Ireland achieves 7.7% growth in wake of debt crisis

Ireland's economy is growing at a rapid pace last experienced at the tail-end of the Celtic Tiger boom, government statisticians reported Thursday as economists declared that the country's debt crisis was dead and buried.

Rapid growth of economy helps pare deficit

A statue of author James Joyce overlooks shoppers on Dublin's North Earl Street. Joblessness has dropped to 11.1 per cent as the economy recovers. (Shawn Pogatchnik/Associated Press)

Ireland's economy is growing at a rapid pace last experienced at the tail-end of the Celtic Tiger boom, government statisticians reported Thursday as economists declared that the country's debt crisis was dead and buried.

The report from the Central Statistics Office said gross domestic product grew 7.7 per cent from July 2013 to June 2014, the biggest annual rate of growth since early 2007. It said quarterly GDP rose 1.5 per cent versus the January-March quarter.

Finance Minister Michael Noonan said the figures suggested that Ireland would record around 4.5 per cent GDP growth this year, accelerating the country's escape from debt woes that forced it to take a 2010-2013 international bailout. Earlier this year, Noonan forecast growth of just 2.1 per cent.

Credit ratings rising

Ireland has already resumed borrowing normally and its credit ratings are rising, as evidenced by Thursday's treasury sale of three-month debt securities at an effective interest rate of zero per cent. The faster Ireland's economy grows, the more easily and cheaply it can refinance its debts on bond markets.

"These latest numbers are gangbusters," said Alan McQuaid, chief economist at Merrion Stockbrokers in Dublin, who expects Ireland to post the best growth figures this year in the 18-nation zone that uses the euro currency. He said Ireland's unusually strong exposure to Britain and the United States, its two biggest export markets, was driving improvements.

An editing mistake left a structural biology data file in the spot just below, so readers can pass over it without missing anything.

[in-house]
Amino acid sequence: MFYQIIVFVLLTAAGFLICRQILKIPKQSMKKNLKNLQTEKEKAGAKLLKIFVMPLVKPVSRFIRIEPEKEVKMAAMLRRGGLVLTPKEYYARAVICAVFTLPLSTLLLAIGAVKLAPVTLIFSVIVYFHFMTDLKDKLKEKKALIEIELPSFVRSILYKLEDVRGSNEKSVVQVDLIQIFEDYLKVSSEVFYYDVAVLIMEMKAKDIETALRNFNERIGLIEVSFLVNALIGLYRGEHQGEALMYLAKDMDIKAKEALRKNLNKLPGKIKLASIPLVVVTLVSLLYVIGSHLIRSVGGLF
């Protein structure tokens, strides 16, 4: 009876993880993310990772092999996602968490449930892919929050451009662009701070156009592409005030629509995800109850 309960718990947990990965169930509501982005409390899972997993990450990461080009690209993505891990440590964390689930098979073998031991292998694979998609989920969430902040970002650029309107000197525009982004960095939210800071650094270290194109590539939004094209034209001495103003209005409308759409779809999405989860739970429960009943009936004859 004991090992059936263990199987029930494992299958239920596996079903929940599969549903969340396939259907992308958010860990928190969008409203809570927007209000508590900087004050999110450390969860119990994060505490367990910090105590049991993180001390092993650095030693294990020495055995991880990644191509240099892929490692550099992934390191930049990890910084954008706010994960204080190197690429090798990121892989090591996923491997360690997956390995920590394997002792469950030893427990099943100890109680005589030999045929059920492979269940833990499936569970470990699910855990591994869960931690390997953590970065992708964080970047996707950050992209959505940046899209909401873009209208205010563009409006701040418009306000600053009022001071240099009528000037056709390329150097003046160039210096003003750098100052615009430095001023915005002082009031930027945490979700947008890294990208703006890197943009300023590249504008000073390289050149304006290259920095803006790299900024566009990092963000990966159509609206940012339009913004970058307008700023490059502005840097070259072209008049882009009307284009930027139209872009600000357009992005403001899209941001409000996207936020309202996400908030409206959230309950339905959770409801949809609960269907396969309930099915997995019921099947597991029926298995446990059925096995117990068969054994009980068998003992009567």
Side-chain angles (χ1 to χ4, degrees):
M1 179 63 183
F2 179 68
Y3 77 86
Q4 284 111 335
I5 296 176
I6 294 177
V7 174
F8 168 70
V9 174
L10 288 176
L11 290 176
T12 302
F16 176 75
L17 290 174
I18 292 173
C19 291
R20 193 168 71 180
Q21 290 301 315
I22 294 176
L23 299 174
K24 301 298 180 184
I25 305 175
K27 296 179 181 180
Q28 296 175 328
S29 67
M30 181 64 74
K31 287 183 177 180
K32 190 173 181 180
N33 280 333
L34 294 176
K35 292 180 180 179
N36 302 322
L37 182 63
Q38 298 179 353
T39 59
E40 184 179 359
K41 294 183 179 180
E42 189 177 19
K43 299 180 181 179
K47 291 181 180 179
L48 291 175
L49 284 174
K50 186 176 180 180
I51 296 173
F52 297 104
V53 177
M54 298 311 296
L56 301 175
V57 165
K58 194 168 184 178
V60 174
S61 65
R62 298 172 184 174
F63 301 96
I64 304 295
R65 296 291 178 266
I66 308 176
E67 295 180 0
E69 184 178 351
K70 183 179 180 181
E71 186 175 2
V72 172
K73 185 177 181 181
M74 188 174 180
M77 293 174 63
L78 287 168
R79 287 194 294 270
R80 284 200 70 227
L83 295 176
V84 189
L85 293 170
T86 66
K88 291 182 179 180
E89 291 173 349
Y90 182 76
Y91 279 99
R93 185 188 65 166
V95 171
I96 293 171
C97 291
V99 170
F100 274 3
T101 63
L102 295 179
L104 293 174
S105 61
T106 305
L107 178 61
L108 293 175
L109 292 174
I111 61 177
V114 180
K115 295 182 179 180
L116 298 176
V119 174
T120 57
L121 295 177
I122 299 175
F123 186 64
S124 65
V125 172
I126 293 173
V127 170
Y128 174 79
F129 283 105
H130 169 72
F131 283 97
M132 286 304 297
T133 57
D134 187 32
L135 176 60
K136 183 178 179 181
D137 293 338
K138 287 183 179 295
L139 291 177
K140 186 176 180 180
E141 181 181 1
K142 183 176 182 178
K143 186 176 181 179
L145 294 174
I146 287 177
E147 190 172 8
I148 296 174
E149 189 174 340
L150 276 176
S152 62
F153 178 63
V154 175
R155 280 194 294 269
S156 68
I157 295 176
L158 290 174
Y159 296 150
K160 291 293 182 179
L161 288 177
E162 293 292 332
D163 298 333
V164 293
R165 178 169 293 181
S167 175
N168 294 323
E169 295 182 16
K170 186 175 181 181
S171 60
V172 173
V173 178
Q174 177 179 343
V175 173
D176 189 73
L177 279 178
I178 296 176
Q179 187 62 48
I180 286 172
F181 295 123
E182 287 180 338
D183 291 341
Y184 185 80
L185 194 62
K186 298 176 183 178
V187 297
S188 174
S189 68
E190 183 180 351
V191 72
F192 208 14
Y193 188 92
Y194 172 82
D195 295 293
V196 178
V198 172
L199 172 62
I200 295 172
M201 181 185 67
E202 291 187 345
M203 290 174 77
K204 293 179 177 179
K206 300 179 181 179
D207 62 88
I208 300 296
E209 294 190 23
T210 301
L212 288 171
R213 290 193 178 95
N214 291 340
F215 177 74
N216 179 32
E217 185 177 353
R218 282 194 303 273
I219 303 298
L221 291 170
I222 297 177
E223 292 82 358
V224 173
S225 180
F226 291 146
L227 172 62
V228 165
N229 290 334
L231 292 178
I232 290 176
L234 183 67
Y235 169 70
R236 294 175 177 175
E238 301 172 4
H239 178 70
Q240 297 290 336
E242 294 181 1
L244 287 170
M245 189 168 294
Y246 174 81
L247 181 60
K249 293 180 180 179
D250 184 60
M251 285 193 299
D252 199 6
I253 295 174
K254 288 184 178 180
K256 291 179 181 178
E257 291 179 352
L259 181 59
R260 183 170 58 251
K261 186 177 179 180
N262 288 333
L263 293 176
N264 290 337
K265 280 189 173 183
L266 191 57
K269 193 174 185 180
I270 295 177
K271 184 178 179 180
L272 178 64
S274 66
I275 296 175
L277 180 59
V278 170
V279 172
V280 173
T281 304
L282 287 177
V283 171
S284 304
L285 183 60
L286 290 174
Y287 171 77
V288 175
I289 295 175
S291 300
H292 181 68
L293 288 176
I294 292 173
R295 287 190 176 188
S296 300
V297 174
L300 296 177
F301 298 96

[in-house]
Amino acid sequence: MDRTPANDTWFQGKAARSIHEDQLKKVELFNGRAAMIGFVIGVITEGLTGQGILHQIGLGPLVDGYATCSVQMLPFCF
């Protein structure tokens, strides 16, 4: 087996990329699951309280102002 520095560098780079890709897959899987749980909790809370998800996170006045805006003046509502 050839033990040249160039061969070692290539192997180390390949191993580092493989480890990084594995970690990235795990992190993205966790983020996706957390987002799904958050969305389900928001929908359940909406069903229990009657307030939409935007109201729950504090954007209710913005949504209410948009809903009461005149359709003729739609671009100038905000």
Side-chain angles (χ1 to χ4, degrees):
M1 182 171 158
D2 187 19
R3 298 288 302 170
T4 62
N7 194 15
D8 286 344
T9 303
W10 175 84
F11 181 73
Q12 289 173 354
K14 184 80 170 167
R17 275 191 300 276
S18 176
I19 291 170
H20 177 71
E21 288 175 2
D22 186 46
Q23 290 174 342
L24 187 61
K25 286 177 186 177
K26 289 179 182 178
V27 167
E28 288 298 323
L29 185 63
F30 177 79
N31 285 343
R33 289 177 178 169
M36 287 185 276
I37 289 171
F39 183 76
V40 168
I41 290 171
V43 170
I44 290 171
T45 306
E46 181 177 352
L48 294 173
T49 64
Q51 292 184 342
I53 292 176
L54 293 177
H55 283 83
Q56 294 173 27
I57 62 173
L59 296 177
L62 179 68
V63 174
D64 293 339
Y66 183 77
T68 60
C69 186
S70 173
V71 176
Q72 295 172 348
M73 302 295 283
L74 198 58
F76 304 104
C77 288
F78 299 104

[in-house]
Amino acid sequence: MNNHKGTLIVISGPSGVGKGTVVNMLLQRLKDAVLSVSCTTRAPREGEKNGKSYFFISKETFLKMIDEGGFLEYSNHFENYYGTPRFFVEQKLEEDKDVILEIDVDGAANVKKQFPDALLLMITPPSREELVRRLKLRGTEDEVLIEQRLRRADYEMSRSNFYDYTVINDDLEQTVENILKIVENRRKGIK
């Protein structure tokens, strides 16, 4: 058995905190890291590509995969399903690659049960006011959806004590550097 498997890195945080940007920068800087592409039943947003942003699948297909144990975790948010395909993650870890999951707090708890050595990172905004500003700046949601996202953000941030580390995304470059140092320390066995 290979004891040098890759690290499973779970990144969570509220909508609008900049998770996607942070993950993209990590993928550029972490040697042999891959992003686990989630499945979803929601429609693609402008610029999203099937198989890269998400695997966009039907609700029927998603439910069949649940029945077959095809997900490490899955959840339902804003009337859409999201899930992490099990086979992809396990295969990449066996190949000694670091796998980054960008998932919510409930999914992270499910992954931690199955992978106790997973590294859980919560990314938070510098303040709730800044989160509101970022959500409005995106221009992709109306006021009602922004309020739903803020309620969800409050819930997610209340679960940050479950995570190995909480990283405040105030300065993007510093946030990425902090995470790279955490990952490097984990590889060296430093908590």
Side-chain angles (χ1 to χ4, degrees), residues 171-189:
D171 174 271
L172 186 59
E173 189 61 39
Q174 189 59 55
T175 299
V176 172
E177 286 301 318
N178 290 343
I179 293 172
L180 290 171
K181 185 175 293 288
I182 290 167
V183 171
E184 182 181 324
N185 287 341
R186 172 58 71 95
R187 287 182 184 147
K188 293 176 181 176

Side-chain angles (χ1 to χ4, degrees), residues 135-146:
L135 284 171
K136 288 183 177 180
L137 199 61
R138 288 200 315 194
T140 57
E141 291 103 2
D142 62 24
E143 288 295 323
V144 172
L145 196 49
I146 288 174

Noonan said he still intends to impose further cuts, on top of a new water tax being rolled out nationwide this month, to reduce Ireland's 2015 deficit below the eurozone limit of three per cent of GDP.

A bigger-than-expected GDP figure will make it easier for Ireland to achieve its deficit targets, because it means the country can carry higher levels of deficit spending and still meet, or exceed, its targets relative to the unexpectedly large size of an expanding economy. It also means stronger than expected tax collections and lower costs on welfare payments as the employment market recovers.

Deficit hit record in 2010

Ireland had been forced to flee the bond markets and seek emergency loans from European Union partners and the International Monetary Fund in 2010 as its deficit soared over 32 per cent, a European Union record, amid declining growth and overwhelming bank-rescue costs. The rapid Irish turnaround has confounded critics of austerity who have argued that a country cannot cut its way to economic recovery.

Ireland's lobbying group for employers, the Irish Business and Employers Confederation, called on Noonan to minimize further austerity measures and provide tax breaks in his 2015 budget being unveiled next month.

The group's chief economist, Fergal O'Brien, said Thursday's unexpectedly strong growth figures demonstrated "that our great recession can be consigned to the history books."

He argued that Ireland — which has imposed six straight years of austerity budgets since its credit-fueled property bubble burst, driving Irish banks and eventually the government to the brink of insolvency — "does not need any additional austerity measures to fix the public finances. It needs to keep a steady hand on expenditure, but has the capacity to cut taxes on budget day."

Joblessness dropping

Irish unemployment has been slowly declining from a 2012 peak of 15.1 per cent and today stands at 11.2 per cent, a six-year low.

Noonan said he would offer budget incentives to generate jobs and woo back university-educated 20-somethings, who have been emigrating in their tens of thousands annually since the decade-long Celtic Tiger boom collapsed in 2008. But he ruled out a generous budget because he didn't want to fuel another bubble economy.

Conall Mac Coille, chief economist at Davy Stockbrokers in Dublin, cited the breadth of growth as a particular reason for optimism.

"Every part of the economy — the export sector, construction, consumer spending — it's all picking up together and that's giving you these really strong growth rates," he said.


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